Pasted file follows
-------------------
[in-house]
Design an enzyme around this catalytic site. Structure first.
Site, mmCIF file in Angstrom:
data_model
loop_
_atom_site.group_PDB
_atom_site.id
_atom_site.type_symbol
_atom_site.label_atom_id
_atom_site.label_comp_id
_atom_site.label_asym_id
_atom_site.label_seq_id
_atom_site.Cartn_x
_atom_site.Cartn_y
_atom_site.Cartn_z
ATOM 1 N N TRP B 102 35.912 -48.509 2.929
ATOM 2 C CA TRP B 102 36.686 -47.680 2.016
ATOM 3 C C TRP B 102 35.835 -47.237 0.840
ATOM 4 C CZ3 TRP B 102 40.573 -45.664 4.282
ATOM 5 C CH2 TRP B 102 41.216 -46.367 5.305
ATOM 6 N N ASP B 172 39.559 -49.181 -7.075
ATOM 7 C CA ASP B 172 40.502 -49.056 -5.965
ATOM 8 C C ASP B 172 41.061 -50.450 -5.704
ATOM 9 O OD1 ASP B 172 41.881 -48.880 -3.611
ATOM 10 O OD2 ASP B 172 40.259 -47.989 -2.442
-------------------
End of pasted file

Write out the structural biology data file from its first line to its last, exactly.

[in-house]
Design an enzyme around this catalytic site. Structure first.
Site, mmCIF file in Angstrom:
data_model
loop_
_atom_site.group_PDB
_atom_site.id
_atom_site.type_symbol
_atom_site.label_atom_id
_atom_site.label_comp_id
_atom_site.label_asym_id
_atom_site.label_seq_id
_atom_site.Cartn_x
_atom_site.Cartn_y
_atom_site.Cartn_z
ATOM 1 N N TRP B 102 35.912 -48.509 2.929
ATOM 2 C CA TRP B 102 36.686 -47.680 2.016
ATOM 3 C C TRP B 102 35.835 -47.237 0.840
ATOM 4 C CZ3 TRP B 102 40.573 -45.664 4.282
ATOM 5 C CH2 TRP B 102 41.216 -46.367 5.305
ATOM 6 N N ASP B 172 39.559 -49.181 -7.075
ATOM 7 C CA ASP B 172 40.502 -49.056 -5.965
ATOM 8 C C ASP B 172 41.061 -50.450 -5.704
ATOM 9 O OD1 ASP B 172 41.881 -48.880 -3.611
ATOM 10 O OD2 ASP B 172 40.259 -47.989 -2.442